I’ve been feeling in the mood lately for some good hard science sci fi, so thought I would get back to the Spin series. I strongly recommend that you go to my review of the first book, Spin, which you will find here, because you will need it to understand Axis.
Axis takes place on the new planet introduced at the end of Spin, a world the Hypotheticals engineered to support human life and connected to Earth by way of the Arch that towers hundreds of miles over the Indian Ocean. Humans are colonizing this new world — and, predictably, fiercely exploiting its resources, chiefly large deposits of oil in the western deserts of the continent of Equatoria.
Remember those folks who colonized Mars back in Spin? The reversed engineered some Hypothetical pharmaceuticals and created a drug that would add 20 or 30 more years to one’s lifespan, while at the same time making the individual more compassionate and caring. Bring it on, we could use some of that ourselves. It was all done around a kind of quasi-religious structure in order to control it. The head guy brought it to Earth on his only visit between the planets, and the Earth government was quick to outlaw it, seeing how it would surely instantly be explointed. People who took the drug were call Fourths, for what was thought of as the fourth stage of life, and it was illegal and the Fourths kept their existence very secret and hidden.
Lise Adams is a young woman attempting to uncover the mystery of her father’s disappearance ten years earlier. Turk Findley is an ex-sailor and sometimes-drifter. They come together when showers of comet dust seed the planet with tiny remnant Hypothetical machines. Soon, this seemingly hospitable world becomes very alien, as the nature of time is once again twisted by entities unknown.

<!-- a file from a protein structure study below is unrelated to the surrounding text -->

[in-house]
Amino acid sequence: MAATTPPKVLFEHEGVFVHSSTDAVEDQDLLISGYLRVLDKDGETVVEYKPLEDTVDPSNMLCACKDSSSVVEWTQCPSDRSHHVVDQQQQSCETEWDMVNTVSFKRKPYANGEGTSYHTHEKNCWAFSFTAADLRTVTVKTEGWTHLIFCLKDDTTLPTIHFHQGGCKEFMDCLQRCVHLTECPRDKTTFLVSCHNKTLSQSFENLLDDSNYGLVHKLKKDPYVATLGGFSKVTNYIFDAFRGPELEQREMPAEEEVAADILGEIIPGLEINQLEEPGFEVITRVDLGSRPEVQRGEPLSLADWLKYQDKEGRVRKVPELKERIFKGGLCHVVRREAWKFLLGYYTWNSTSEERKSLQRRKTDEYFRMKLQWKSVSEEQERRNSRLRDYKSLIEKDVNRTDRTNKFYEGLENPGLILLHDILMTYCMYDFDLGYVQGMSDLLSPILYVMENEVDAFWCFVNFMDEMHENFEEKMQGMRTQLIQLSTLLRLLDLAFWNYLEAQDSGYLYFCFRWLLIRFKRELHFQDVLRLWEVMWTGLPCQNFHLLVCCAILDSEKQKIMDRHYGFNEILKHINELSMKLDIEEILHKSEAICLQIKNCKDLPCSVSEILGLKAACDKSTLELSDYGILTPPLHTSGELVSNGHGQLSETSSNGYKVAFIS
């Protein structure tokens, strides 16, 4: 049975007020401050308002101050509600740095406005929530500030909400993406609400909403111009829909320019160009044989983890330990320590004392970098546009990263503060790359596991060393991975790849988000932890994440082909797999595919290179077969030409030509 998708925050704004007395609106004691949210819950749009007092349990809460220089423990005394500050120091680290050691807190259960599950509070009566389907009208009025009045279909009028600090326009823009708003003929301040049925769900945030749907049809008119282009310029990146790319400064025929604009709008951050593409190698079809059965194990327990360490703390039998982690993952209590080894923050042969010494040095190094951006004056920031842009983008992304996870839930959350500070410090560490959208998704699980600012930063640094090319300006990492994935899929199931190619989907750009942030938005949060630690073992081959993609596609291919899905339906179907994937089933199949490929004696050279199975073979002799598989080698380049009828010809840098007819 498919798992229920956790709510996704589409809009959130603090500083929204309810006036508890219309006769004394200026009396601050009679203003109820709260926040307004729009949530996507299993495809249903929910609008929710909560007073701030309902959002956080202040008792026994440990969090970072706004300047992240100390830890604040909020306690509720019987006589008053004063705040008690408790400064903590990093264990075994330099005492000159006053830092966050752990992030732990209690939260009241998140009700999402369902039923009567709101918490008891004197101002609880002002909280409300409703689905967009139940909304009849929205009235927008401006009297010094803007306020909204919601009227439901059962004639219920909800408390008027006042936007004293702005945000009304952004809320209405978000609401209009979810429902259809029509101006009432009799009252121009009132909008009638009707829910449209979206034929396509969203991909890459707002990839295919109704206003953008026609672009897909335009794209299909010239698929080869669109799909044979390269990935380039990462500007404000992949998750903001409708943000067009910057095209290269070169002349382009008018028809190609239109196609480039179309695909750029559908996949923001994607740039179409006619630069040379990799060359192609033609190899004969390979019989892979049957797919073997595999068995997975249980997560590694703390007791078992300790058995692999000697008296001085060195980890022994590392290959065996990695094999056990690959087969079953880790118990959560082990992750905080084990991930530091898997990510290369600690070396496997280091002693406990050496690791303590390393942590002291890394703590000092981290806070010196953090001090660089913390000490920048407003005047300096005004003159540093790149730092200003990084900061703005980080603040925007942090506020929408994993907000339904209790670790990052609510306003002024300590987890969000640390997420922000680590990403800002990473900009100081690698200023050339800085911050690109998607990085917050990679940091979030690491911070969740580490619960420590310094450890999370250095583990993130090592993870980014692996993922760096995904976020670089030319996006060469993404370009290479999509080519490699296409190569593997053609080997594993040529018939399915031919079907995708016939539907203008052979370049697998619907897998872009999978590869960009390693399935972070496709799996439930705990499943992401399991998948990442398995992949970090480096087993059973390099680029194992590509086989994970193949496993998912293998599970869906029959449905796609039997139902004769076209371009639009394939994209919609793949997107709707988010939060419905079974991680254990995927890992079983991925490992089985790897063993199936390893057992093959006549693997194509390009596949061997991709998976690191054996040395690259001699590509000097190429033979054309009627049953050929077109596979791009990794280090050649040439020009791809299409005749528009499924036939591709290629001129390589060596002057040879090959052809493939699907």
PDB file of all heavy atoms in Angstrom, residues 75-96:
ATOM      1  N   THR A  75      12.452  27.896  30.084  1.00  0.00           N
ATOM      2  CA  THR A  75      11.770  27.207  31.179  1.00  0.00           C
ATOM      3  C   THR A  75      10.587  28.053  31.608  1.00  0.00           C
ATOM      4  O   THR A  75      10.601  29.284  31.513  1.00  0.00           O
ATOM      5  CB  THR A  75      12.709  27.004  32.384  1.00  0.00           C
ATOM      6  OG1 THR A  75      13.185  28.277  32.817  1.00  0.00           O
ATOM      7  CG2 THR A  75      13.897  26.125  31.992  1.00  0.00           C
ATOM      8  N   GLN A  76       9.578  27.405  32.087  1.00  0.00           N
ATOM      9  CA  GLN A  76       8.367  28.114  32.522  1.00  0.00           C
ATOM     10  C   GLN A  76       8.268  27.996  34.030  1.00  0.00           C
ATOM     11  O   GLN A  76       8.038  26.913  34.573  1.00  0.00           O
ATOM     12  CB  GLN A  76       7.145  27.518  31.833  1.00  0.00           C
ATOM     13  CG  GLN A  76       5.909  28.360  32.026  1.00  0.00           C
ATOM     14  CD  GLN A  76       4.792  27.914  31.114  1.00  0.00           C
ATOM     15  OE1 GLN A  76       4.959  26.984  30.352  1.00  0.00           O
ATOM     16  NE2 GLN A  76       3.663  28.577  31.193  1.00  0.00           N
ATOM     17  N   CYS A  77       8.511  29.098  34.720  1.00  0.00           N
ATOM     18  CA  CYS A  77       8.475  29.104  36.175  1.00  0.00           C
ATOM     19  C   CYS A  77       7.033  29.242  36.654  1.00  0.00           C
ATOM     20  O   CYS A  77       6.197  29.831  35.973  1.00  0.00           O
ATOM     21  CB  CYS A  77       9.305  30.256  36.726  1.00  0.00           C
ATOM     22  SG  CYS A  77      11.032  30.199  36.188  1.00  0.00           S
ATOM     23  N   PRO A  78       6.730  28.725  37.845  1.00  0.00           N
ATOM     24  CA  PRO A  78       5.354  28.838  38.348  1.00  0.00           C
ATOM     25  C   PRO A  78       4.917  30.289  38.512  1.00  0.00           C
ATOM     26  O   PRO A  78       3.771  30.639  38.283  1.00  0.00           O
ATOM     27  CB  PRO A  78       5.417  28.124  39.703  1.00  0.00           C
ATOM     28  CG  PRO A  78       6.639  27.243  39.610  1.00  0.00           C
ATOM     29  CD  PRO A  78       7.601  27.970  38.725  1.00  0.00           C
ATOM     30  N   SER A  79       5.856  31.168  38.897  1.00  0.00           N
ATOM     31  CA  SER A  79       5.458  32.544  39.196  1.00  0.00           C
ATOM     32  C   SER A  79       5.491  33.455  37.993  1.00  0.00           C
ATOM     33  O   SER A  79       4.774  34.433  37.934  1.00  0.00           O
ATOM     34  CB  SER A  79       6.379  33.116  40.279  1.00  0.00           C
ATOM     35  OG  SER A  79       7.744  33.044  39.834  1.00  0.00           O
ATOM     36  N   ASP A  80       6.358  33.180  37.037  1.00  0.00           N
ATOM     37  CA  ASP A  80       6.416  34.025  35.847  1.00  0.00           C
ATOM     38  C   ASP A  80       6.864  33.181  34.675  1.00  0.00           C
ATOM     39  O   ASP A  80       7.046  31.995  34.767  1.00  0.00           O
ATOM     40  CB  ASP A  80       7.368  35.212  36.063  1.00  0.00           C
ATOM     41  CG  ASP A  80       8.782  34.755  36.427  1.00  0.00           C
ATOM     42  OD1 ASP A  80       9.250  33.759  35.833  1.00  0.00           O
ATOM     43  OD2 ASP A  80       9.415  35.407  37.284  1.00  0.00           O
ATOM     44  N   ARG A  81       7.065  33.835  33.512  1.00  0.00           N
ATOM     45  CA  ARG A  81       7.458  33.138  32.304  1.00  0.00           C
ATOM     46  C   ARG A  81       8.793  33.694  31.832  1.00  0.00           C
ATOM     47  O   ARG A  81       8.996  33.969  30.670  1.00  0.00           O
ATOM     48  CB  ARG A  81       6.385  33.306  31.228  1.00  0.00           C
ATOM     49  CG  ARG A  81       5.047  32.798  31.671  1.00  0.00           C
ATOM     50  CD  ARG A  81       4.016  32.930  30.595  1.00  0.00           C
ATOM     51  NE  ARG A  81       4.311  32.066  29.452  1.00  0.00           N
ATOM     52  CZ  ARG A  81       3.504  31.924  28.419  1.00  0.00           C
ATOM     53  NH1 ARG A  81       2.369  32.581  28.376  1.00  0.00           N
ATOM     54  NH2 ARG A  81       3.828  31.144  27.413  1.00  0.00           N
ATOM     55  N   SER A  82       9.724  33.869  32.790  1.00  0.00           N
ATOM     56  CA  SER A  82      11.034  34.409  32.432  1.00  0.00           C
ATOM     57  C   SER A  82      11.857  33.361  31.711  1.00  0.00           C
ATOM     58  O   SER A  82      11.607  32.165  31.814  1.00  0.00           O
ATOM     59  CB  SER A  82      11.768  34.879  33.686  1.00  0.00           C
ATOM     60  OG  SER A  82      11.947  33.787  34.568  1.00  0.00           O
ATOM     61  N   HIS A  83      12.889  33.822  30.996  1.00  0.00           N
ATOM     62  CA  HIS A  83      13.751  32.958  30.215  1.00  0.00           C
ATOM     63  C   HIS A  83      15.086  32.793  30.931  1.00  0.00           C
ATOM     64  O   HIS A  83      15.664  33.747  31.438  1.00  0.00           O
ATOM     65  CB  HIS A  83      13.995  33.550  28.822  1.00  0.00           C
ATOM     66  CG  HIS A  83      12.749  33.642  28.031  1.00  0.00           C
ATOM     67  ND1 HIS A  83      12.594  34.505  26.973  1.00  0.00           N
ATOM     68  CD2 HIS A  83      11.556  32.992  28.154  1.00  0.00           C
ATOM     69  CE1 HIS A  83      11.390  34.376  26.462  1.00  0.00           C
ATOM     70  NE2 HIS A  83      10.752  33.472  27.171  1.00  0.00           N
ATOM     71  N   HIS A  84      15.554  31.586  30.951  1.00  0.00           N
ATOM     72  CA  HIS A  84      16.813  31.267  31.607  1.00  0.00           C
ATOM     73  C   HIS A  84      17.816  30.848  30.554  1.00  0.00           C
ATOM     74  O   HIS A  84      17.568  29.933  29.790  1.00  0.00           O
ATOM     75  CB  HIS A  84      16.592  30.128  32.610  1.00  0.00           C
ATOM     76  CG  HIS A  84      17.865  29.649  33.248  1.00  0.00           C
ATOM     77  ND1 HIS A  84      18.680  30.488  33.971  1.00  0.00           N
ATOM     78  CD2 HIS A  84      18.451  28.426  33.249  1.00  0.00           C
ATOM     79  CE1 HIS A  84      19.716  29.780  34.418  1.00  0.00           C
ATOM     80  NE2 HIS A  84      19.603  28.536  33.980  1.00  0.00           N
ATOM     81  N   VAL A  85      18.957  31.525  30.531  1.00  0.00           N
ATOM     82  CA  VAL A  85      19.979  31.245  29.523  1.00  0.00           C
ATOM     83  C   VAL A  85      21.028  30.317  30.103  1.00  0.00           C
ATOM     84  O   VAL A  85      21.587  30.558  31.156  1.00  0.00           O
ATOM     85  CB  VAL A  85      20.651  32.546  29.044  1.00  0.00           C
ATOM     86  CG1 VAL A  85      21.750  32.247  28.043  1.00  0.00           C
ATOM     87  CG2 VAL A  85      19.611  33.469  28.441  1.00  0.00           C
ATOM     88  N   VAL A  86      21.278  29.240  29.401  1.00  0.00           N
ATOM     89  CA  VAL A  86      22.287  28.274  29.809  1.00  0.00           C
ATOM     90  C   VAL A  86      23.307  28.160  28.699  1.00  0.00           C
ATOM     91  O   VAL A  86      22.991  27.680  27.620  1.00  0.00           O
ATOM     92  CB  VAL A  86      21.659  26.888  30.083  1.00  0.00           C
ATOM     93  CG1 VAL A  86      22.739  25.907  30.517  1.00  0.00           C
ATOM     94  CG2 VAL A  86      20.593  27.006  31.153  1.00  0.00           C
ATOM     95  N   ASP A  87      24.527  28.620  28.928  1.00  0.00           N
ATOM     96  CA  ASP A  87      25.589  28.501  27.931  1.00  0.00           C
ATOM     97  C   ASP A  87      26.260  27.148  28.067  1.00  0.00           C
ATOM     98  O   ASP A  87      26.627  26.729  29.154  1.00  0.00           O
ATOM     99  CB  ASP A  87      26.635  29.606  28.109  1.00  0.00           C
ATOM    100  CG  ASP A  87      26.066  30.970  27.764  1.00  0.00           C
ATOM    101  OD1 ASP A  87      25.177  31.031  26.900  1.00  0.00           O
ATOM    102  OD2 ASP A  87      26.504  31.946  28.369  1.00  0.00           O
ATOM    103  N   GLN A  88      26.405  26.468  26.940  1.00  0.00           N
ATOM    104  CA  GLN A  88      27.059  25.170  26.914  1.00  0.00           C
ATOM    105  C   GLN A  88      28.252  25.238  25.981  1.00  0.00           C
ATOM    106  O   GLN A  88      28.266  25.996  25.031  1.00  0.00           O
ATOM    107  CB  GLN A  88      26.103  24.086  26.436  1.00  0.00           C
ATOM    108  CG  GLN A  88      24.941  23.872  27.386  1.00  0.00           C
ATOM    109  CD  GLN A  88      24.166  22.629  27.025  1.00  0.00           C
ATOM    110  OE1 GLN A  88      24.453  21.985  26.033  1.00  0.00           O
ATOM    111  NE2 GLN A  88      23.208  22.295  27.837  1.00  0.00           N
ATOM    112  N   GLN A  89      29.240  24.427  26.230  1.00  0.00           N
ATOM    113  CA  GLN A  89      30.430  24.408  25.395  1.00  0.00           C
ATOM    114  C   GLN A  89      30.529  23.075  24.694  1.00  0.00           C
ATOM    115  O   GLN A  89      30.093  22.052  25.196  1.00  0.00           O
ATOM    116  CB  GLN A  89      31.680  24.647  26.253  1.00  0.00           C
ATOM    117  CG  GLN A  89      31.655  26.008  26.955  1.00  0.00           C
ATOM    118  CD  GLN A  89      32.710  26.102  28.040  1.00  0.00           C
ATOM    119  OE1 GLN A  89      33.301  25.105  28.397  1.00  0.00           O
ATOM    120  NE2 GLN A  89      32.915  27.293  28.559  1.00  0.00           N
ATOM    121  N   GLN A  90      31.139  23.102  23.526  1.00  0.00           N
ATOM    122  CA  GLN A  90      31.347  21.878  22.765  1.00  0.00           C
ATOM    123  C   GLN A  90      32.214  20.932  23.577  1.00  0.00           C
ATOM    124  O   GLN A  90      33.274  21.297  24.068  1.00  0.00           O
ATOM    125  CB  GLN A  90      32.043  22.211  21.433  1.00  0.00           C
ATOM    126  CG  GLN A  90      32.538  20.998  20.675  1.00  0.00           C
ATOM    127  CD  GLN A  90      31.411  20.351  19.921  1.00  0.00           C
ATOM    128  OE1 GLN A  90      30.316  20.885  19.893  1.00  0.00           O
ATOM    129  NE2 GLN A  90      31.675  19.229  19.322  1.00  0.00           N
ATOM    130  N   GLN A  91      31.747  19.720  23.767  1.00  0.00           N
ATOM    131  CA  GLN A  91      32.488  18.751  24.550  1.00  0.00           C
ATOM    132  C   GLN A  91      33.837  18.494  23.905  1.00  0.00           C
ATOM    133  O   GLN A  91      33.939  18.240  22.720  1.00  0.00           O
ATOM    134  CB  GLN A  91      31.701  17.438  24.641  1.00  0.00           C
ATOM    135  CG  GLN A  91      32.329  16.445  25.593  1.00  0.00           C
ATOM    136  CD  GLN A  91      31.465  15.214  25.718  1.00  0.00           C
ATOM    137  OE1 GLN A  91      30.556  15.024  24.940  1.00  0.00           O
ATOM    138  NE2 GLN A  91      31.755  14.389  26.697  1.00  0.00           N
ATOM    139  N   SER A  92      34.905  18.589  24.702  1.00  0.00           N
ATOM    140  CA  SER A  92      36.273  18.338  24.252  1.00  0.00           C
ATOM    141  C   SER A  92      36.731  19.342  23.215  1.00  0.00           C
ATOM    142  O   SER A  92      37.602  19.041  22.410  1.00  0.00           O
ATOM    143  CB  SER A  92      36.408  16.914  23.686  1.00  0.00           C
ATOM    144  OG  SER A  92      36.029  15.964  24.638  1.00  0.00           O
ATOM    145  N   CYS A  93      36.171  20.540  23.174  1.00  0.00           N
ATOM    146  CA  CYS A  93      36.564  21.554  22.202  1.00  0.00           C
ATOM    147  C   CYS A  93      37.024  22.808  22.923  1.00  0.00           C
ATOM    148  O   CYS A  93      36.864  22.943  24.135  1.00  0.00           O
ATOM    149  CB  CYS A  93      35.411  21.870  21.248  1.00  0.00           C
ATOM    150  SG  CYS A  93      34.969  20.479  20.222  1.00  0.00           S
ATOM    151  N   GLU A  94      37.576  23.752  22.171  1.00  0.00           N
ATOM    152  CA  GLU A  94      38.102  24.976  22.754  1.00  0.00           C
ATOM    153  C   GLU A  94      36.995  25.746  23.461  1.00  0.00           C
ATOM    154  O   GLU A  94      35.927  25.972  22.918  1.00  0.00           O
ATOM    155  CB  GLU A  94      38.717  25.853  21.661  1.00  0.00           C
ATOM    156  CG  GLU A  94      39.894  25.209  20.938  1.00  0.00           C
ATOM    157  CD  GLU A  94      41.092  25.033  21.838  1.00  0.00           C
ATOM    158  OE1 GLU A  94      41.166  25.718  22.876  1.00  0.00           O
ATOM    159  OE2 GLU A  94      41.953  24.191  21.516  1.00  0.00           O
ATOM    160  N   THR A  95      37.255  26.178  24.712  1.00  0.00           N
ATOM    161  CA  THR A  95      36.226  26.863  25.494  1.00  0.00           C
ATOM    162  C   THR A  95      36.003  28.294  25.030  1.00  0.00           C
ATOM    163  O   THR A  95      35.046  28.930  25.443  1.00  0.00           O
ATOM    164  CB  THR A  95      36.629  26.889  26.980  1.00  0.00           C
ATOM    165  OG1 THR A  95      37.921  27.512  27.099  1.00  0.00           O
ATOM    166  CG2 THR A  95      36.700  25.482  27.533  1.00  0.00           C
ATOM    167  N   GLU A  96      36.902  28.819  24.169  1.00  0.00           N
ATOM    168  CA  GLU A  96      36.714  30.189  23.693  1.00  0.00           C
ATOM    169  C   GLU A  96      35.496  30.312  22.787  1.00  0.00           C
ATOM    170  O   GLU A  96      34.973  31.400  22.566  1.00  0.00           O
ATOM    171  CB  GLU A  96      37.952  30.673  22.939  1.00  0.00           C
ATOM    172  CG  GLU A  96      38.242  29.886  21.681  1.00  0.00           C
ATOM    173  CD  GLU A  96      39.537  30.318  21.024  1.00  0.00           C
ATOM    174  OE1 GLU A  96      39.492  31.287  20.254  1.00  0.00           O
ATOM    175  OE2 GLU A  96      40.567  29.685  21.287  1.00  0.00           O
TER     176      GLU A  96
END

A quasi-religious group of “Fourths” from Earth, led by Dr. Avram Dvali, lives in the desert seeded by falling dust. They’ve created a child they call Isaac with a Martian upgrade (fatal to adults) that connects him with the Hypotheticals. They are hoping he will be able to communicate with the Hypotheticals and gather some answers for them. The Fourth-hunting “Department of Genomic Security” is searching for this group or for a visiting Martian Fourth who disapproves of Isaac’s creation.
I don’t know that this a good stand-alone or merely a bridge between Spin and the third of the trilogy, Vortex, but you can read it and enjoy it without having first read Spin, but why would you? The trilogy is an examination of our notions of religion, identity, our place in the universe, and what would appear to be our need for a deity. If you prefer your sci fi to be space opera-y, and less intellectual, maybe this is not for you, although the storyline is compelling on its own without having to think too much. But if you prefer, as I do, the kind of sci fi that does what sci fi does best — that is, look at the bigger picture, ask the big questions that probably have no answers, make you realize that we really ARE just a microscopic dot in this ever-expanding cosmos, then you will truly enjoy this trilogy.